As the protests progressed over the course of several days, the tone changed. It became angry and unfocused, lacking its original meaning and momentum. We had to walk Maggie Dog through police barricades to get into the dog park near the hotel, consequently next to the Trump Tower, of which was guarded by armed police officers. As I stood there, letting her play, I remembered waking up around 3 am on election night to a creepy stillness, trying to make sense of a floating voice. He shouted, “CHI-CA-GO! Hey, Chicago!” The voice began to cut through the stillness with more purpose and intent. “CHI-CA-GO! Wake up, Chicago! It’s done. He won. CHI-CA-GO! Wake up, Chicago!” over and over… I woke up hubby and asked if he heard the voice too. Groggy, he listened and answered yes, asking if I wanted to turn on the TV. I shook my head quietly. We held each other and went back to sleep. The sound of that man’s voice cutting through the night still plays in my mind sometimes, ringing eerily in my ears. By our last day there, the whole city seemed to be on edge, putting out any dimly lit spark the downtown area had left. Our last day felt depressive and lonely; it was a stark difference from the hyper and ecstatic tone of the week prior. Maggie, hubby, and I took a slow stroll. Just up the sidewalk stairs from the dog park, in the opposite direction of our hotel, is the iconic Wrigley Building. It faces a strange statue that was recently placed in this plaza at the beginning of November, before the World Series ended. It is one of Abraham Lincoln showing the way to the Modern Man. There is no plaque explaining the statue or naming the artist or purpose. It just exists and presents a moment of thought, towering over the persons walking beside it, completely bewildered. Locals are taking pictures of this thing, trying to figure it out. I looked at it, reflective. I think that we are all trying to figure out our new world, our new reality. Oh how very timely for this statue to appear…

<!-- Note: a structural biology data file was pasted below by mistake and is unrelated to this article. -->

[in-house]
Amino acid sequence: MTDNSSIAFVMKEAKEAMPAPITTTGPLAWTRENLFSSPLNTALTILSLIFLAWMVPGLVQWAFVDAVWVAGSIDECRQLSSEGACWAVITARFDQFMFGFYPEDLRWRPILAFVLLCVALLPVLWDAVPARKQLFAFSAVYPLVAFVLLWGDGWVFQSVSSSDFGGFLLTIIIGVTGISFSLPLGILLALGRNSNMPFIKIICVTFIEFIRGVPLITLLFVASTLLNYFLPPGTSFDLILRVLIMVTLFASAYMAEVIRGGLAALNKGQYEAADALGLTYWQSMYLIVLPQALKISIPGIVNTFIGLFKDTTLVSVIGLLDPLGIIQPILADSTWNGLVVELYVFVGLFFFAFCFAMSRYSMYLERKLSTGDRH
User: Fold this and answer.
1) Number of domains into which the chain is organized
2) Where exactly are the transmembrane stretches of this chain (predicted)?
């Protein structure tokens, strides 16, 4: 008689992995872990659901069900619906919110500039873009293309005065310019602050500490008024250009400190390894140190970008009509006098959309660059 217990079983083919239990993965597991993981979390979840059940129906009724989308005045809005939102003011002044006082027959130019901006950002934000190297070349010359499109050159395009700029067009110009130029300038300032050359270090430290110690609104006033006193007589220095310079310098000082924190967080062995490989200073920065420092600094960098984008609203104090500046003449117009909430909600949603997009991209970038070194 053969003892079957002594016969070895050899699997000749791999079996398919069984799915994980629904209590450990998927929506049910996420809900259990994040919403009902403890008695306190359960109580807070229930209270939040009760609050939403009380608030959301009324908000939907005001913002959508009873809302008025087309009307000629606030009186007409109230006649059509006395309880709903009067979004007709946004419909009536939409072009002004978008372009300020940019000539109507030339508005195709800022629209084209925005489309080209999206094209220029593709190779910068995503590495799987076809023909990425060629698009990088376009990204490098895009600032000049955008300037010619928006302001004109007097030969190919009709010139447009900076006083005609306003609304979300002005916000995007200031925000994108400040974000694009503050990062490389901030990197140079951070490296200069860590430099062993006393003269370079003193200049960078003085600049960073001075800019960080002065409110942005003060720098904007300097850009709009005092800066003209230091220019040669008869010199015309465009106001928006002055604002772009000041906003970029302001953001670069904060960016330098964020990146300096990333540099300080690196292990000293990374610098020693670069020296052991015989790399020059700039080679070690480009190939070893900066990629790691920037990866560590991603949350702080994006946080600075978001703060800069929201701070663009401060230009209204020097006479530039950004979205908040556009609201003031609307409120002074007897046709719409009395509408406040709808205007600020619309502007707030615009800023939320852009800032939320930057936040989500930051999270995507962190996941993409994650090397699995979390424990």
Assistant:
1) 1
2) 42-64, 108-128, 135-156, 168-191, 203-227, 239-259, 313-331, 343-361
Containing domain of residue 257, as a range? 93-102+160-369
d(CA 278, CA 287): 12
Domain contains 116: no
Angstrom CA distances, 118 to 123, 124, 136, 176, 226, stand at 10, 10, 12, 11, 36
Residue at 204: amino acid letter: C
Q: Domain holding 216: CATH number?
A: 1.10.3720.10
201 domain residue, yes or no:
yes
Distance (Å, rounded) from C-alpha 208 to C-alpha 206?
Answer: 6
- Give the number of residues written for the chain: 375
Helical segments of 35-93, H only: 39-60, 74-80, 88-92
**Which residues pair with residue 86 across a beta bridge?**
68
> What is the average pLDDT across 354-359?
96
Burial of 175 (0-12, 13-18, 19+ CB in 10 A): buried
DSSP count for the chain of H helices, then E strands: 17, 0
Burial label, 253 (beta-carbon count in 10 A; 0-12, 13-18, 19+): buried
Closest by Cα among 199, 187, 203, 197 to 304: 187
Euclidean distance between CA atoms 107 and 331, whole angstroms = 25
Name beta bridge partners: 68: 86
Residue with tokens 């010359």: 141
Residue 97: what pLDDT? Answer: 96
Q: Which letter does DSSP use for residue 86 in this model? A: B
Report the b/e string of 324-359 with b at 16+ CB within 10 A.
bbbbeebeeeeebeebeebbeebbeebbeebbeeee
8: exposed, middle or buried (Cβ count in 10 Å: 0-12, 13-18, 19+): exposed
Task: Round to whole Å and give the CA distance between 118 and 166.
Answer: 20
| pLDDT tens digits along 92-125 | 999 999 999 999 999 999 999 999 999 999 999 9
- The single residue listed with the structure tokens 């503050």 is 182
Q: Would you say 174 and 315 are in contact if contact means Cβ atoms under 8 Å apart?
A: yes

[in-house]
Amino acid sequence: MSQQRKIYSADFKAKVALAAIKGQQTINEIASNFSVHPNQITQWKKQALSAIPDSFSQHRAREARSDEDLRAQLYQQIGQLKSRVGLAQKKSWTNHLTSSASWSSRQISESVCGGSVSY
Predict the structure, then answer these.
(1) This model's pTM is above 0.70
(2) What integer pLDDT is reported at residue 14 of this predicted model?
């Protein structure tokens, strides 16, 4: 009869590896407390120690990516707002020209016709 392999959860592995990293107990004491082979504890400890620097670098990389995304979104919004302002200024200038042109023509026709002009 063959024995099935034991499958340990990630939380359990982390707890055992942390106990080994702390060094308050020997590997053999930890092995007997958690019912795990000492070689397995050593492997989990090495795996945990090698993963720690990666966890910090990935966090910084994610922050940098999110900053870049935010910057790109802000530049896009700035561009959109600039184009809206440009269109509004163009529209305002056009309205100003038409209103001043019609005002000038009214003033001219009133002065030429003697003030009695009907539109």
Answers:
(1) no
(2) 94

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Chicago. It is the city of Obama, of a Trump Tower, of Lincoln and the Modern Man. It is a city of immigrants, all from different generations, nationalities, and beliefs. It is a city of protests, of championship sports teams, of fantastic arts companies. It is a city that swings to jazz and blues music, with a little mob action on the side. It is a complicated, diverse, Midwestern city, filled with beautiful buildings and bridges. It is a city that has been a little rebellious throughout all of its history. And it is also a city that challenged me to reevaluate my beliefs, making me a stronger person. Travel takes you out of your comfort zone, forcing you to define who you really are as a human being. Combine those thoughts with the major events of the week, and I have been changed in some way. I may not have seen all of the museums or eaten at the best steakhouse, but I think that my experience here will remain as one of the most unusual and influential of all my travels.

P.S. I’m still not sure what I think of that “bean” sculpture…

 

References: 
http://www.prohibitiontours.com